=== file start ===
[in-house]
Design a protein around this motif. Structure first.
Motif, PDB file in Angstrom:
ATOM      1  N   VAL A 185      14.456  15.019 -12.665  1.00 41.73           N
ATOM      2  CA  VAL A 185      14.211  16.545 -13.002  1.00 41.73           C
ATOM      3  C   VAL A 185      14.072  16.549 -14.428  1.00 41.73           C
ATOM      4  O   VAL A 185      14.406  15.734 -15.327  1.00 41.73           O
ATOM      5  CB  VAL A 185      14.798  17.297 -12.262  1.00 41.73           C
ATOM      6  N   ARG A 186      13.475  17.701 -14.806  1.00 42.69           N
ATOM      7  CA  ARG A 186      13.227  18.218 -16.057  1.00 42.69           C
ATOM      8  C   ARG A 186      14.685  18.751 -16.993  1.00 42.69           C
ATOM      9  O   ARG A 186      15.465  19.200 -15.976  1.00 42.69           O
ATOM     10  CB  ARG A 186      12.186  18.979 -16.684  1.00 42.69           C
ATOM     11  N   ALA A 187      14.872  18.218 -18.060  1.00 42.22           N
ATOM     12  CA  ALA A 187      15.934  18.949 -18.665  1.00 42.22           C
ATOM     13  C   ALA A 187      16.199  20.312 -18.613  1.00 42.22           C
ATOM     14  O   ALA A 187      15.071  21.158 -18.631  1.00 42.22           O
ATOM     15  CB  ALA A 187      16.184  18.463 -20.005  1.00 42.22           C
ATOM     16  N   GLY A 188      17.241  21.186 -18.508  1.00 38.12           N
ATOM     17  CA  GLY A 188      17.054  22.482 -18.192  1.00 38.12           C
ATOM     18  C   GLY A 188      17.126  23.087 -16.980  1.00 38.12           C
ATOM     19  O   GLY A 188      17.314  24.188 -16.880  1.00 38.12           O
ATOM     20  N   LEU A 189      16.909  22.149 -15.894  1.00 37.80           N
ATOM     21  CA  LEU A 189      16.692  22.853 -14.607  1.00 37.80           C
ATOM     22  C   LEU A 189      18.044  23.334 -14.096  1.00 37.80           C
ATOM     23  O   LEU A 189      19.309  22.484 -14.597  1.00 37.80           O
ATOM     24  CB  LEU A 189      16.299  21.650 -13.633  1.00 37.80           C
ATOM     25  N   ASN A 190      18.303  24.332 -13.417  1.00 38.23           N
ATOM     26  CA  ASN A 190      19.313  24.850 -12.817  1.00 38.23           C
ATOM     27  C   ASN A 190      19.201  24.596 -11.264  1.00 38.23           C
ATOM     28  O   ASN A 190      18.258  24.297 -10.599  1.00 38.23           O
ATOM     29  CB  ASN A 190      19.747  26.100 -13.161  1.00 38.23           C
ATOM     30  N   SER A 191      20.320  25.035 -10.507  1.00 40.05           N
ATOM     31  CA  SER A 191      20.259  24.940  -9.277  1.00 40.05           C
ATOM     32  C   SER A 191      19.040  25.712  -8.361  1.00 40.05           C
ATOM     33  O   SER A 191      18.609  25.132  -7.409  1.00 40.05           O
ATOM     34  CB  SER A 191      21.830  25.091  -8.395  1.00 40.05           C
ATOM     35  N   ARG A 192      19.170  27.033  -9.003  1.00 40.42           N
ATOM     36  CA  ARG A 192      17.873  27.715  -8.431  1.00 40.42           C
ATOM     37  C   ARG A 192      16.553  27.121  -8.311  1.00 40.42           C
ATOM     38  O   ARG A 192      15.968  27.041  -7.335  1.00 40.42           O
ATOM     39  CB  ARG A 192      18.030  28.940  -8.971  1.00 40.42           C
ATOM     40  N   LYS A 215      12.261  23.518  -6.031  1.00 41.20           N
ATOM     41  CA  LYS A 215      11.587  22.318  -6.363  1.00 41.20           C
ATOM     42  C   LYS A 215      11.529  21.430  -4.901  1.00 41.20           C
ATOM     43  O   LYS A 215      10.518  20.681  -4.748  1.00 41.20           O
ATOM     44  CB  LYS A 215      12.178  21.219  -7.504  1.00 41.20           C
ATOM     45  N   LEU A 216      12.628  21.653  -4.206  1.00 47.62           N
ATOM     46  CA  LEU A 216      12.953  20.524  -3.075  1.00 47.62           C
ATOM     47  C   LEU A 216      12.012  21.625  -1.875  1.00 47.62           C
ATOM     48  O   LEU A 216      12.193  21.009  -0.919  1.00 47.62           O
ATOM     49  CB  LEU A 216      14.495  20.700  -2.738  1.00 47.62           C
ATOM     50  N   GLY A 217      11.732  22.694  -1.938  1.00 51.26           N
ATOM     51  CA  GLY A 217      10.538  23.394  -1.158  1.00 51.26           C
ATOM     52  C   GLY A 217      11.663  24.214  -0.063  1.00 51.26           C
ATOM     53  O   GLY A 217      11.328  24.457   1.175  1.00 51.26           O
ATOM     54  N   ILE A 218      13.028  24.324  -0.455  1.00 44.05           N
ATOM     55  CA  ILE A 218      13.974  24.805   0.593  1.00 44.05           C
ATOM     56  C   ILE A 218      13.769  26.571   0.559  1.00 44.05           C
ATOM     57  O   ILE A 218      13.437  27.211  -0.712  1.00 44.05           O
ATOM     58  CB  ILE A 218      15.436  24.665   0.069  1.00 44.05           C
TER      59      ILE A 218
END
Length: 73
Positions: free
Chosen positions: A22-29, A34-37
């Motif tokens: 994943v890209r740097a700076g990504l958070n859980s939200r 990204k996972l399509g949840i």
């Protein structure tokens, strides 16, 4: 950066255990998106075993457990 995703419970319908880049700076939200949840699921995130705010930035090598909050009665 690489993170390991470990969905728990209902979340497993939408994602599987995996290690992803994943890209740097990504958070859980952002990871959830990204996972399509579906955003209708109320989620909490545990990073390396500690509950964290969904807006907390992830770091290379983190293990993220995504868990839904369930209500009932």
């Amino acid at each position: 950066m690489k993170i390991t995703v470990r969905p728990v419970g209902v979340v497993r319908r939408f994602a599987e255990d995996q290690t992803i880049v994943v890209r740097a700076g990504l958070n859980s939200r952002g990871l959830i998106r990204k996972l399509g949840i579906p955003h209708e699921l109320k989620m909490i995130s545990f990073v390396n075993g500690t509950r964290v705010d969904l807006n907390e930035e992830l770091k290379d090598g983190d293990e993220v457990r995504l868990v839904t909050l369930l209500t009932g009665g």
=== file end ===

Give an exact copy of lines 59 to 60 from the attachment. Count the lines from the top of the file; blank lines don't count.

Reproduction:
ATOM     56  C   ILE A 218      13.769  26.571   0.559  1.00 44.05           C
ATOM     57  O   ILE A 218      13.437  27.211  -0.712  1.00 44.05           O